Load Right Leg / Shorten Swing / Greater Consistency


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Description

If you want greater consistency, more power with less effort and a more compact backswing, this is the quickest and simplest fix.


Video Practice Points
  • The "Reverse C" posture taught by many golf instructors in the '60s and '70s is hard on the hips
  • Pushing off the right foot creates the Reverse C, putting the left hip well beyond neutral where it is easily damaged
  • Pulling with the left-side musculature keeps the hip in neutral, allowing you to pivot safely
  • Loading into the right glute in the backswing provides stability in the swing
  • The right glute isn't storing power for a push, but supporting the aggressive rotation of the upper body

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Right Leg in the Golf Swing | Load the Right Glute for Stability and Power

Hitting Shots Thin in the Golf Swing


Struggling with overswinging in your backswing, no matter how hard you try not to? Tired of your golf instructor yelling at you to "just stop right here?" Your body uses tension as its primary indicator of how far to move or load a muscle during the golf swing and the reason you can't stop overswinging is because you don't have the correct muscles loaded in the right sequence. But once you follow the instructions in the golf video you'll be able to stop overswinging once and for all!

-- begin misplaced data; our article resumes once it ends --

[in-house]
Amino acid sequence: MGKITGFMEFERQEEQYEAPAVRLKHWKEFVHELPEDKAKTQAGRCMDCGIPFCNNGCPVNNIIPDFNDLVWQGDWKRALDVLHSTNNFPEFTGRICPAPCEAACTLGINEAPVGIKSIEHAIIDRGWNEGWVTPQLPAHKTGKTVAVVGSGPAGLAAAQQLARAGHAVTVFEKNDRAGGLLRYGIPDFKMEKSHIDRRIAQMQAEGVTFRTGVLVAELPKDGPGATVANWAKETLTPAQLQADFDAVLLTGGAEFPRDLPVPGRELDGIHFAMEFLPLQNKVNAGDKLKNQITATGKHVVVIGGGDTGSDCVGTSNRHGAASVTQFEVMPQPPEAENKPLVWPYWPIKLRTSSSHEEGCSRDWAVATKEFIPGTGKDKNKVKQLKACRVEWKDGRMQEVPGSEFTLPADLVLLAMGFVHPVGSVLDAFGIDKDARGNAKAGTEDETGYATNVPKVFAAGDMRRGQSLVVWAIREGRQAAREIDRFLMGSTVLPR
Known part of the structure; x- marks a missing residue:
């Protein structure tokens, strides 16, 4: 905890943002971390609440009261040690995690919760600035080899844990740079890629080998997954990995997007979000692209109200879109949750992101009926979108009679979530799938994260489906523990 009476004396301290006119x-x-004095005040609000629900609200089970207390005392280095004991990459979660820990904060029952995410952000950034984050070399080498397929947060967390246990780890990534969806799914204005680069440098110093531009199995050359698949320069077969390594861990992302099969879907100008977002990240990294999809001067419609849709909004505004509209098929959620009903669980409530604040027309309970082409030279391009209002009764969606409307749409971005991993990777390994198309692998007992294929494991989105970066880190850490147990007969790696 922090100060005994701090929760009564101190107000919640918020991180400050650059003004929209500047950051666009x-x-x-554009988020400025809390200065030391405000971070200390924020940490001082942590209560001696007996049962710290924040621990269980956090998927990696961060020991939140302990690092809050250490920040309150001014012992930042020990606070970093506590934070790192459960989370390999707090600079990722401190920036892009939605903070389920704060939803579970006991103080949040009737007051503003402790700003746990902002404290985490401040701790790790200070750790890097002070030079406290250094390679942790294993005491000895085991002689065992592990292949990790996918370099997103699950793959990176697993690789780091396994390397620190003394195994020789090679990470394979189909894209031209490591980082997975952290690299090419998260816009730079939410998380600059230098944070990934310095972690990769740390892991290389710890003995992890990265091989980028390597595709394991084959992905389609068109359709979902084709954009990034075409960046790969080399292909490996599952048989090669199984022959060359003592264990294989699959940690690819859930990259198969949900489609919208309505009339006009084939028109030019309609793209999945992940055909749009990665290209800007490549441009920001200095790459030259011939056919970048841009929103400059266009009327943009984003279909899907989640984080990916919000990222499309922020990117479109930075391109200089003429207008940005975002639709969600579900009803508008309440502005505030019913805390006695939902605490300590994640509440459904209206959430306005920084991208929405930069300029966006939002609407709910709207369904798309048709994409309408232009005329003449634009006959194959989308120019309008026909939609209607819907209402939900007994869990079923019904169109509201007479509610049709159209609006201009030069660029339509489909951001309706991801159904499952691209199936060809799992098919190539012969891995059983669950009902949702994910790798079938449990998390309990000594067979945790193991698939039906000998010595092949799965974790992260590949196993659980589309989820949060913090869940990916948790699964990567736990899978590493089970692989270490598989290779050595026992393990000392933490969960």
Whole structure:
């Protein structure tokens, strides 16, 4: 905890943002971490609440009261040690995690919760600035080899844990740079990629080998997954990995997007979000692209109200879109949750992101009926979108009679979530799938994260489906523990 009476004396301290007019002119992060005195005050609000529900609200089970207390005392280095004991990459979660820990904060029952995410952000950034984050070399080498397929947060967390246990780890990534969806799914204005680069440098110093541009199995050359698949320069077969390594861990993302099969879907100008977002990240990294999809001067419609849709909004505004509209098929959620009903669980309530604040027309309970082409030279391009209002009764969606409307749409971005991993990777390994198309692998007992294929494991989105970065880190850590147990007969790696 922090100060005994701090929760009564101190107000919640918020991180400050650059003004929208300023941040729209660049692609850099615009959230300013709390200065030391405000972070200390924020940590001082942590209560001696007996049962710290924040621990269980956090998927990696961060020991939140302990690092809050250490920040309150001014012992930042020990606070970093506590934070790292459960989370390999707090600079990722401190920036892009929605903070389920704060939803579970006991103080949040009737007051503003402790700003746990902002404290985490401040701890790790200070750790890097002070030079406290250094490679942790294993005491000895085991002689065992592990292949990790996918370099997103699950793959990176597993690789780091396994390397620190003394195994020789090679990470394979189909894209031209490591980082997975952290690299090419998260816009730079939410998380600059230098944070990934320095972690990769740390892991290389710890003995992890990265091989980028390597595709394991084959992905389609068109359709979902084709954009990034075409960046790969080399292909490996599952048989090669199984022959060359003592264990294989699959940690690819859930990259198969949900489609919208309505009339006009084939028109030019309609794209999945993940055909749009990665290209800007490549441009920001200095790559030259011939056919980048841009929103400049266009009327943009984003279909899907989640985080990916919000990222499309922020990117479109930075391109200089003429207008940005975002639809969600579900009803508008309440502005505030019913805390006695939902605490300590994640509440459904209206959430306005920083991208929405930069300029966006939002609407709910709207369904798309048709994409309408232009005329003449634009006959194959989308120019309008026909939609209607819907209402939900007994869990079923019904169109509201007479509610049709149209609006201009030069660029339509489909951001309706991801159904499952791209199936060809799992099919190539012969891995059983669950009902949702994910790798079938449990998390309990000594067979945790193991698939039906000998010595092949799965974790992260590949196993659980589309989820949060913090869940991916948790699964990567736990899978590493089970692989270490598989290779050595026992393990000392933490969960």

Did you catch what I did wrong there? If not, go back and play it again and take a closer look. What I just demonstrated was one of the most common and easy-to-fix flaws that is guaranteed to improve your consistency right away, and it's just by making one simple change in your swing.

As you know, Rotary Swing is not all about quick tips and band-aid fixes. We hate that stuff. It's all about long-term fundamental science-based, fact-based fixes for your golf swing, and one of those things that is all about everybody trying to figure out how to be more consistent, and when you understand the mechanics of what I'm going to talk about today, you're going to learn that you can take this out to the golf course, to the range today, make this one change in your swing, and see a change in your consistency.